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15 Oct

‘Actors do injustice to writers when they don’t give credit,’ says Vasay Chaudhry

With the Jawani Phir Nahi Ani (JPNA) series and several big plays such as the ‘Ayegy Baraat’ anthology to his credit, writer and actor Vasay Chaudhry seems discontent with our industry’s behavior towards its storytellers.

Anyone who has seen JPNA (be it any part), would vouch for Vasay’s flair for witty one-liners and impeccable scene setting, however, the actor believes writing is the most difficult yet the most neglected side of performing arts.

Speaking to Fifi Haroon in an interview with BBC Urdu, the actor revealed that he only enjoys writing when he can see results of his hard work.

“I realized it at the very beginning of my career that writing is the backbone of any film, play, or drama,” he said. “If that was not the case and stars (only) were highlights of the film then there wouldn’t be any flop films by stars like Tom Cruise, Al Pacino, Shah Rukh Khan, Amitabh Bachchan or any Pakistani actor for that matter; we should know that script is the hero of a film.”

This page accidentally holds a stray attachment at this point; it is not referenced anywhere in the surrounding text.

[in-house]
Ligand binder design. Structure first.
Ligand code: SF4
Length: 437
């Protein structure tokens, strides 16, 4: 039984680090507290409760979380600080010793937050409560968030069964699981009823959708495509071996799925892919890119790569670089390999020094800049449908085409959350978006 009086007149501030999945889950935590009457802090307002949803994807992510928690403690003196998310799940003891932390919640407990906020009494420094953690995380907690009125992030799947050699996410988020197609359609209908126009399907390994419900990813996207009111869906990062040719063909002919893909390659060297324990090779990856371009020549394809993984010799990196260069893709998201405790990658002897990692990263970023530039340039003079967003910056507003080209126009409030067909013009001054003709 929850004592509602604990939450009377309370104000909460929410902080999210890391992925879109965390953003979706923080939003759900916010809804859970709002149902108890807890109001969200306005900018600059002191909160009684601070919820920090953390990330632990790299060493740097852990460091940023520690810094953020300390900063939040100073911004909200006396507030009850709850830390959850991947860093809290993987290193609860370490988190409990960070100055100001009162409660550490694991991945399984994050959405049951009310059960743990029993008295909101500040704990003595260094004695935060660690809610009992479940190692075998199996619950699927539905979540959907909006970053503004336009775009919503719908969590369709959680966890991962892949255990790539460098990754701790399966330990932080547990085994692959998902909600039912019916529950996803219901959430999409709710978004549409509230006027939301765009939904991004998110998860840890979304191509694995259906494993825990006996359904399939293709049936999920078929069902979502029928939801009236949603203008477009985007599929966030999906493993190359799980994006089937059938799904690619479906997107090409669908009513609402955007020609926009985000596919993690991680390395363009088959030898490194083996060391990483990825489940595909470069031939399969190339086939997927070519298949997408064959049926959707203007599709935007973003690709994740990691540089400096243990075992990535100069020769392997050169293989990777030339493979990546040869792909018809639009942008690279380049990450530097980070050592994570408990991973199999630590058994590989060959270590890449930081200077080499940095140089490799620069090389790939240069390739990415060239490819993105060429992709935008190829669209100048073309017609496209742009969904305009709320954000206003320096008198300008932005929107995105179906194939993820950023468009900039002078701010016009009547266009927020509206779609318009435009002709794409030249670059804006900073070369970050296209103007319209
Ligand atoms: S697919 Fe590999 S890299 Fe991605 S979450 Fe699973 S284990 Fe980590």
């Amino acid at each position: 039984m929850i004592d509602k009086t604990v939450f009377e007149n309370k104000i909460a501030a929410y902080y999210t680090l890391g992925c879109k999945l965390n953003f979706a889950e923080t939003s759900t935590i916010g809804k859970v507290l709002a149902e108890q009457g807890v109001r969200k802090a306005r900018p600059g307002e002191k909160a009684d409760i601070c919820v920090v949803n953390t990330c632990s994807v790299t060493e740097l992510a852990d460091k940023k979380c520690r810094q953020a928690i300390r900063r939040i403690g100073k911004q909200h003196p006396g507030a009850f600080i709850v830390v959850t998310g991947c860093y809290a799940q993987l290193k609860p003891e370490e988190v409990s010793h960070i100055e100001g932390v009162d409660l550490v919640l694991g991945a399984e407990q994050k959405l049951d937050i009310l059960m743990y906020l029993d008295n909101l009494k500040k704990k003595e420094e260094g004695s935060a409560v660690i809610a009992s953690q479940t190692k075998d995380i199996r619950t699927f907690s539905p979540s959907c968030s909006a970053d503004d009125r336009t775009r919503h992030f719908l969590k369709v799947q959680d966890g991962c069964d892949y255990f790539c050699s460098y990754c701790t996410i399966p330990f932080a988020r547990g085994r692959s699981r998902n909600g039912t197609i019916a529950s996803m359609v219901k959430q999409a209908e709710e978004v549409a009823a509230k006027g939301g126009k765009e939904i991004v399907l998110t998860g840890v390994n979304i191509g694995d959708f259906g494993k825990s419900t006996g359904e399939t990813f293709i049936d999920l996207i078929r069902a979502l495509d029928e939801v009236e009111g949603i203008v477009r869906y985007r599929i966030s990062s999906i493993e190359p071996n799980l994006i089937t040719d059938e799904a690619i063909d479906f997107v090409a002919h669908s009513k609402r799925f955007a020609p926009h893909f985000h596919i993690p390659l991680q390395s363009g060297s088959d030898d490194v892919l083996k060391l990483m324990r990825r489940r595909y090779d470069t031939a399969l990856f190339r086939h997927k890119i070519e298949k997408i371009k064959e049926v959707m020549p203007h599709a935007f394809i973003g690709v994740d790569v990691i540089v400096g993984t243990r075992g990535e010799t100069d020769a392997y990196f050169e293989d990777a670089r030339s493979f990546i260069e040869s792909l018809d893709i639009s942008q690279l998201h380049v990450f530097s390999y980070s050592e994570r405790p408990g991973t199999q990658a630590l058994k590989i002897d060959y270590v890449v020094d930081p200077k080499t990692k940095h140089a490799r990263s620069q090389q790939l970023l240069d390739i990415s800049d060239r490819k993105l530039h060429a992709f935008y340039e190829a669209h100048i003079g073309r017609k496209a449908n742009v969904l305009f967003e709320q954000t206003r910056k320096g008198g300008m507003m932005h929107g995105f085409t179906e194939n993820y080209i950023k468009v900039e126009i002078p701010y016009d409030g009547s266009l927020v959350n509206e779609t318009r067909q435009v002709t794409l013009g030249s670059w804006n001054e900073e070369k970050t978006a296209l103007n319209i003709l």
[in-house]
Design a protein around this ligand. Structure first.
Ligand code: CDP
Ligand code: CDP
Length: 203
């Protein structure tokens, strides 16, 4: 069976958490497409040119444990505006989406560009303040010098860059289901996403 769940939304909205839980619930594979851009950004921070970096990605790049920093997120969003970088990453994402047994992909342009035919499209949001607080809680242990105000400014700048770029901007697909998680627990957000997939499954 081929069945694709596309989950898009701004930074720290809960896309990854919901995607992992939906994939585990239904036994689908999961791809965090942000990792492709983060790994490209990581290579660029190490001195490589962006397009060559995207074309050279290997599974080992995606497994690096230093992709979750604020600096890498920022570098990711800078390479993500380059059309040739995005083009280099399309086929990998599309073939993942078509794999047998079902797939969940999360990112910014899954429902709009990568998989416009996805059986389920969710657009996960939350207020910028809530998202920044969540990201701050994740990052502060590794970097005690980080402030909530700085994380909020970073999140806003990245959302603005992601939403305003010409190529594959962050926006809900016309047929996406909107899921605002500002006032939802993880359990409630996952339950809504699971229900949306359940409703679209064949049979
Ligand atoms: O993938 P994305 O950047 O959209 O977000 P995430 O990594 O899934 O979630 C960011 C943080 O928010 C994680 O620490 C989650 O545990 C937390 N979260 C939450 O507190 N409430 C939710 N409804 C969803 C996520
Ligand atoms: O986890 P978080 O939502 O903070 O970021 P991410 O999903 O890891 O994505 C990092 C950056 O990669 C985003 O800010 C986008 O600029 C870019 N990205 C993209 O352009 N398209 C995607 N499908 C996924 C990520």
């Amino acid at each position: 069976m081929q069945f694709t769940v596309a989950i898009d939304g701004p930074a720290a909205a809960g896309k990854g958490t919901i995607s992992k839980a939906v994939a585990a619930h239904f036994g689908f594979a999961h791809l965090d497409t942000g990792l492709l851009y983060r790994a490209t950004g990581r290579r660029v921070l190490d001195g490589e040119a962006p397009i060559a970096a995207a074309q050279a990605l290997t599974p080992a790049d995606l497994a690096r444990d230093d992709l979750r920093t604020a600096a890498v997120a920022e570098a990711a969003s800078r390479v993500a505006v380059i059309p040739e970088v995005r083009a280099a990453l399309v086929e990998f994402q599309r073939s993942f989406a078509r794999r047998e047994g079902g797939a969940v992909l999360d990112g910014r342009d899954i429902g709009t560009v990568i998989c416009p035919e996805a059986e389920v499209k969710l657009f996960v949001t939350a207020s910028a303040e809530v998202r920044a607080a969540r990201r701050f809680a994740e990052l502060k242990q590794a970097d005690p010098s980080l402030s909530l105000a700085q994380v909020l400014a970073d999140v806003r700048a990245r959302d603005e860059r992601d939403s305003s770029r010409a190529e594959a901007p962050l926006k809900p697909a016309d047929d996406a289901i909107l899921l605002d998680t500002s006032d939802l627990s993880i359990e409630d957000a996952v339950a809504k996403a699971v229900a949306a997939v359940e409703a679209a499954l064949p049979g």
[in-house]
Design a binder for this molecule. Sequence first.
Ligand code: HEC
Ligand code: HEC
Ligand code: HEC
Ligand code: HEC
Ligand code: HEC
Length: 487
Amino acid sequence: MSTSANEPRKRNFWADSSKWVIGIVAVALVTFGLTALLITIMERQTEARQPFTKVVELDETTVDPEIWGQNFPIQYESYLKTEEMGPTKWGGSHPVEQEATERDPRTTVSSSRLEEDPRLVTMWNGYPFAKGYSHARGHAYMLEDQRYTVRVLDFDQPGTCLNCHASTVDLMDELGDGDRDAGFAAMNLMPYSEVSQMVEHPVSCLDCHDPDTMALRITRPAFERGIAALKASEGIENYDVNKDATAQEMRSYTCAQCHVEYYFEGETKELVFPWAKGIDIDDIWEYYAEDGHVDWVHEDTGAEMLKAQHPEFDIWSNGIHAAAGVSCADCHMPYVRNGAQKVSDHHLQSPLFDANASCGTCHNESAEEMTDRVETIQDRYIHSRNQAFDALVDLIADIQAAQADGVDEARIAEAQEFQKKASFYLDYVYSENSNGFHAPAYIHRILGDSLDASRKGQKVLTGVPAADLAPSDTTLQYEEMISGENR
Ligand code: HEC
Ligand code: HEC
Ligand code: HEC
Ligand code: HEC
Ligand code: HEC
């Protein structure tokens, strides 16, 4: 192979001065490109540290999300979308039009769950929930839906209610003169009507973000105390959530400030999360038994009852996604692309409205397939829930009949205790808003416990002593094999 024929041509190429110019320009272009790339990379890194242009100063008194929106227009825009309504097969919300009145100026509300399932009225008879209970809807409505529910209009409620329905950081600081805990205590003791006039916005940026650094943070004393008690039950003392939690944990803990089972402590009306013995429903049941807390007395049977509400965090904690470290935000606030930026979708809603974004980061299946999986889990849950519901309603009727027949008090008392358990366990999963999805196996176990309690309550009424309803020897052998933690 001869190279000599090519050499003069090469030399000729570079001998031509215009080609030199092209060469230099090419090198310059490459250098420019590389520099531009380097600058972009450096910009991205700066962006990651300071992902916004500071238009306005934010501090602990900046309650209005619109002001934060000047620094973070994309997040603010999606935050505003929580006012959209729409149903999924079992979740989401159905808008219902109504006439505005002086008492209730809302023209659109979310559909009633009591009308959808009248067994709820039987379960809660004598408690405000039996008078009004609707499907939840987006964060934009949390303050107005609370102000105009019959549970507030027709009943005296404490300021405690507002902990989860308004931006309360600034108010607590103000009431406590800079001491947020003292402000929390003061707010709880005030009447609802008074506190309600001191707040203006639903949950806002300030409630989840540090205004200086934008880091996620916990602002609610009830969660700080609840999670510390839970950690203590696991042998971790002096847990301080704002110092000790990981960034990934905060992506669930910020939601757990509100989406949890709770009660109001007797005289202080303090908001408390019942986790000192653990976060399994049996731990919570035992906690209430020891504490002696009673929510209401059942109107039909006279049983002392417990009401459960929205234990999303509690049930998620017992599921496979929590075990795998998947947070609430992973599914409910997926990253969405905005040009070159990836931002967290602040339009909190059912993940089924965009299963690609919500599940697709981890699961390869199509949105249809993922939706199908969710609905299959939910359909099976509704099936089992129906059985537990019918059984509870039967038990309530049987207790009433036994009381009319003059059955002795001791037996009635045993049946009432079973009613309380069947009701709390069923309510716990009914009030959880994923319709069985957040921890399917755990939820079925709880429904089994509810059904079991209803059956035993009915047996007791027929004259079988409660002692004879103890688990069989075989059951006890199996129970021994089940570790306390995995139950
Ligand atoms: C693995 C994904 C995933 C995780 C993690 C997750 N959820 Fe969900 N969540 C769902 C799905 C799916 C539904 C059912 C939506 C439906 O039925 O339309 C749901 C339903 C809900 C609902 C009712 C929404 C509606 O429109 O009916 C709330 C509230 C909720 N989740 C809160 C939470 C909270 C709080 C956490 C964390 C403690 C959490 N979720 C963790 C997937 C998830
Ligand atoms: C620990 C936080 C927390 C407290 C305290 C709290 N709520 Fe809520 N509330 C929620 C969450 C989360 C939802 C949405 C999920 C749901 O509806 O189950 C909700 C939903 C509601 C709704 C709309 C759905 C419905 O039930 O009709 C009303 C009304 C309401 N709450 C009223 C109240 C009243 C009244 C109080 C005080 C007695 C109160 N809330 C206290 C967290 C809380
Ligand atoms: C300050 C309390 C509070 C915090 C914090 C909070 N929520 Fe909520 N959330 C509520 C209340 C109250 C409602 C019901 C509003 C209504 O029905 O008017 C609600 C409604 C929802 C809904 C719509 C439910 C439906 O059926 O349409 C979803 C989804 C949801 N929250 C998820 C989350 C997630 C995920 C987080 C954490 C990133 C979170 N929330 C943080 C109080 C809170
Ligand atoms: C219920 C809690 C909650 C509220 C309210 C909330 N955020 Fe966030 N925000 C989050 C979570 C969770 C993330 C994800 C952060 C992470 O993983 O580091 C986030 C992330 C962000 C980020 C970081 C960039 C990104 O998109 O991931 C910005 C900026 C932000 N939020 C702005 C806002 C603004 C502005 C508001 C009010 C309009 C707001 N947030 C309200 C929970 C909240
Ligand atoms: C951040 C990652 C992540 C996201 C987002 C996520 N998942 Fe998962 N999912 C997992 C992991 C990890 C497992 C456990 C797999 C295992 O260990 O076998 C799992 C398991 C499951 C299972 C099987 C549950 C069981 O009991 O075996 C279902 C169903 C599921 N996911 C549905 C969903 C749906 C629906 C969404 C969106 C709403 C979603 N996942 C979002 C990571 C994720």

Vasay further explained how script writing is considered a niche in our country and there is no fame attached to it.

“The top tier wants to become a star, and then there are people who aspire to be directors. Writers are actually at the bottom of the chain,” he said adding, “I have a plus point because I am an actor as well. People have seen me as a host too so they recognize me. Very few people know that I also write the script for my show Mazaaq Raat.”

When asked about the famous dialogues that go viral from a movie, the actor who doesn’t call himself a star shared some reservations about our stars as well.

“I feel actors sometimes do injustice to writers when they don’t give credit to them when it is due. It may simply be creative greed to be in the limelight but when a dialogue gets hit in the masses, there is always a context and story behind it. Who should be accredited for it – the writer, right? The famous ‘Help Me Durdana’ had a back story, a scene setting; it was the craft that created the magic, where a dialogue worked,” he explained adding, “It is not just in Pakistan, you will not find a writer’s name highlighted on a poster in India as well.”

Do you agree with Vasay Chaudhry?

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